Wildfires tearing through California wine country flared up again Wednesday, destroying hundreds more homes and other buildings and leading to new evacuation orders as authorities raised the death toll to 21 and warned that the number would rise.
At least 3,500 homes and businesses have been destroyed since the wildfires started Sunday, making them the third deadliest and most destructive blazes in state history.
Nearly three days after the flames ignited in Northern California, firefighters were still unable to gain control of the blazes, which were growing in number. California Department of Forestry and Fire Protection spokesman Daniel Berlant said 22 wildfires were burning, up from 17 on Tuesday.
Flames have raced across the wine-growing region and the scenic coastal area of Mendocino farther north, leaving little more than smoldering ashes and eye-stinging smoke in their wake. Whole neighborhoods are gone, with only brick chimneys and charred laundry machines to mark sites that were once family homes.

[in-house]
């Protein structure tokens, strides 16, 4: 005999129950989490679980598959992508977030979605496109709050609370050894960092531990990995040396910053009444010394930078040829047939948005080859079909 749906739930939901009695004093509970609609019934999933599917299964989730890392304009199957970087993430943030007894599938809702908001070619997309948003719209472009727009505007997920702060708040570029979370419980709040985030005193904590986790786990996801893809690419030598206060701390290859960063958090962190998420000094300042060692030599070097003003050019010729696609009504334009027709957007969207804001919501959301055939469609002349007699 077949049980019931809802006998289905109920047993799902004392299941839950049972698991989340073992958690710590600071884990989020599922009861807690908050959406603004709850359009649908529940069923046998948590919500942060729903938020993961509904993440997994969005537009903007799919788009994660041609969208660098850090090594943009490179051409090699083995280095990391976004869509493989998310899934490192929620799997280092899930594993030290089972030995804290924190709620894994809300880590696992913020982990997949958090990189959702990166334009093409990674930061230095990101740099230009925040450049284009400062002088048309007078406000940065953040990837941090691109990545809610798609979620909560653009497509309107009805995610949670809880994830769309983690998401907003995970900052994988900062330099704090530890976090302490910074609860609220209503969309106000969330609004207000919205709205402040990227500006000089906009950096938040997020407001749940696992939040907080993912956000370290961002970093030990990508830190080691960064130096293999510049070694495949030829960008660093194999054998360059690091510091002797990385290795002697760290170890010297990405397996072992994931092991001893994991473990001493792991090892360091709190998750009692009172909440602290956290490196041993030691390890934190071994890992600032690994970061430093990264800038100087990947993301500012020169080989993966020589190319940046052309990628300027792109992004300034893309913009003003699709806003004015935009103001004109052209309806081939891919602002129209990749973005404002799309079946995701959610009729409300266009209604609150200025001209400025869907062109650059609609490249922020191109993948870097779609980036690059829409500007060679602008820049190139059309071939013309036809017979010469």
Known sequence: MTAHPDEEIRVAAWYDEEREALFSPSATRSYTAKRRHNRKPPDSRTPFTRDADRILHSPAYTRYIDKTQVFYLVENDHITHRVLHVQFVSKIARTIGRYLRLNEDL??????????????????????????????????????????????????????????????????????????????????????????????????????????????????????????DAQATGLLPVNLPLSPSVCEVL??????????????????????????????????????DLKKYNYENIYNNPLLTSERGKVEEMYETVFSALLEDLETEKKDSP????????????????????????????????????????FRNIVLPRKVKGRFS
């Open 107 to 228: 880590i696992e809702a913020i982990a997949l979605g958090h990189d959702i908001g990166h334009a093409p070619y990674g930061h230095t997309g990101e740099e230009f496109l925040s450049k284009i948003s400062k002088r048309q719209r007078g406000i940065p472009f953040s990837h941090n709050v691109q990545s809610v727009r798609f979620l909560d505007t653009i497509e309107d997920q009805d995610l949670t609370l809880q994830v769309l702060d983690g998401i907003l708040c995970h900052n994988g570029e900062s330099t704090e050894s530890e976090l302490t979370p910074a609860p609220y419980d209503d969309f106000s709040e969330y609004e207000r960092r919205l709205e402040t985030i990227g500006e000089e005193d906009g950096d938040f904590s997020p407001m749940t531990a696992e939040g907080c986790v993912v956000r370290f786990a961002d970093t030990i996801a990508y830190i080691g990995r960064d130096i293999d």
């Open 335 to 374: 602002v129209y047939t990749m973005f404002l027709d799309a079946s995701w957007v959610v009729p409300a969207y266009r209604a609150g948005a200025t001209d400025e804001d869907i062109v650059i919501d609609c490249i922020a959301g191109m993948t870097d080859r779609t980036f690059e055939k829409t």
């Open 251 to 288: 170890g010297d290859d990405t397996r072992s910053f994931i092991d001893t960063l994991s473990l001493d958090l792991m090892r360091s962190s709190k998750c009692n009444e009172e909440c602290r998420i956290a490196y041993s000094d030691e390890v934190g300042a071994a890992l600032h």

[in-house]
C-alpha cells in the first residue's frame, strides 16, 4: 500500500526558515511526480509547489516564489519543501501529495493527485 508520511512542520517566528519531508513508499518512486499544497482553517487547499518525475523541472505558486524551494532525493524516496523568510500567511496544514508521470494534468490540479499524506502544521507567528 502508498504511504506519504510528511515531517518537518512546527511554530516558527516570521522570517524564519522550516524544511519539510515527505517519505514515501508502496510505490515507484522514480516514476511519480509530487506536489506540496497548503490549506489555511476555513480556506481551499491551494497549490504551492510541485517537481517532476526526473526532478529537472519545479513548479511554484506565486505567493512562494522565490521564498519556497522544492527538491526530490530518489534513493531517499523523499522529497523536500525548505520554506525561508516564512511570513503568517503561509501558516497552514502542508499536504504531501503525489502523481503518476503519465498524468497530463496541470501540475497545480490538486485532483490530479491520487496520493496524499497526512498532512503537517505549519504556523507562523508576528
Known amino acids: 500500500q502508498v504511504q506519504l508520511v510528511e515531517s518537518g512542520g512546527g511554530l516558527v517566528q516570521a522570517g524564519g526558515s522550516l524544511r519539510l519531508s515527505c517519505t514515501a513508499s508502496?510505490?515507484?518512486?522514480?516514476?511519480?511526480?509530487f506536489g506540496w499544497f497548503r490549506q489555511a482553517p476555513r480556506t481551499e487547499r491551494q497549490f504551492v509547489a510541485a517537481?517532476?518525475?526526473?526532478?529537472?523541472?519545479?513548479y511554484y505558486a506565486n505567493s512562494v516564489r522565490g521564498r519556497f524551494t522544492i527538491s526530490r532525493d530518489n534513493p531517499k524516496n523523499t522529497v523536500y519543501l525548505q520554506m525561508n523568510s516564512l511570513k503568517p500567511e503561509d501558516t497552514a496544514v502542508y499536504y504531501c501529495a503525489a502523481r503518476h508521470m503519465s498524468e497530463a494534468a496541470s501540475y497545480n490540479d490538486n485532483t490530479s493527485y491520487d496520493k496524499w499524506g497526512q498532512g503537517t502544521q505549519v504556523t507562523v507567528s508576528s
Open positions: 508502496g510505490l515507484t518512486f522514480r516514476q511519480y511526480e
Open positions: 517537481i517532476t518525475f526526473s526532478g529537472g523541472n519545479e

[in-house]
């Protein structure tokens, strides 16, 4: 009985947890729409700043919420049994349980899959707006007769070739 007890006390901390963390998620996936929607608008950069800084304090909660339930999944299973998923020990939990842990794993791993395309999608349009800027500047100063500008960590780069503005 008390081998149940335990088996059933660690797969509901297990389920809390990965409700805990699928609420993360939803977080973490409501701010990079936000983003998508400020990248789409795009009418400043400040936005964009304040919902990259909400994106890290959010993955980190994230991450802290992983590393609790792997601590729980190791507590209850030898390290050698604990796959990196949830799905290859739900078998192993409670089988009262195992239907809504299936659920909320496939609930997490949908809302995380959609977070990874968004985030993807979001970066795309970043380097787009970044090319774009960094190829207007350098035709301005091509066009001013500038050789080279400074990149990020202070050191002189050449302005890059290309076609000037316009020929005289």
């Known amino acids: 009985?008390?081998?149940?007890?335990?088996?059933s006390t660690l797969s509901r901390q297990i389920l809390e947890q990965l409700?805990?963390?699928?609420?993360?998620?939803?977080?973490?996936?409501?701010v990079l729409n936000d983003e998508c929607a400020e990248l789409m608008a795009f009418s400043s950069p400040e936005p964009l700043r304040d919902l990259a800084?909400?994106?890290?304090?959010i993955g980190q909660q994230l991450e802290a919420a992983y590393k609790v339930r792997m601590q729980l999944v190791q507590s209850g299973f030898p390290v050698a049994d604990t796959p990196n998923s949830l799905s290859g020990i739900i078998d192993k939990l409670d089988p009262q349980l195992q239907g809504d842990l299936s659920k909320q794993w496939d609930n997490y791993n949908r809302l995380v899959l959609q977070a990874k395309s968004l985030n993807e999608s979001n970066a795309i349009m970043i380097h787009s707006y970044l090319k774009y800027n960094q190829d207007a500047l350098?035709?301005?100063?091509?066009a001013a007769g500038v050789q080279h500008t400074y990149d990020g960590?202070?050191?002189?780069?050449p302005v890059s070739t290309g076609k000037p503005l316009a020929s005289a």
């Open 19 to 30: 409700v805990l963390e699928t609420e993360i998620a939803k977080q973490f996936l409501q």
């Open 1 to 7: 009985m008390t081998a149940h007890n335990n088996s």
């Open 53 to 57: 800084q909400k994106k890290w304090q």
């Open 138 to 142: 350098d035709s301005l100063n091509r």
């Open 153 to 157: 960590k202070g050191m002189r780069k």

Authorities ordered more evacuations for parts of Sonoma Valley after a blaze grew to 44 square miles (113 square kilometers). Officials also cautioned that after a day of cooler weather and calmer winds, dangerous gusts would return Wednesday.
California Gov. Jerry Brown warns that catastrophic wildfires will keep ripping through the state as the climate warms.
Brown told reporters Wednesday that more people are living in communities close to forests and brush that easily ignite because of dry weather. Blazes burning in Northern California have become some of the deadliest in state history.
He says a warming climate has contributed to catastrophic wildfires and that they will continue to happen. The governor, who's positioned himself as a leader in the fight against climate change, says residents and officials have to be prepared and do everything they can to mitigate the problem.
Brown says the federal government has pledged assistance but points out resources also are going to hurricane recovery efforts in Texas and Florida.
KXTV contributed to this report.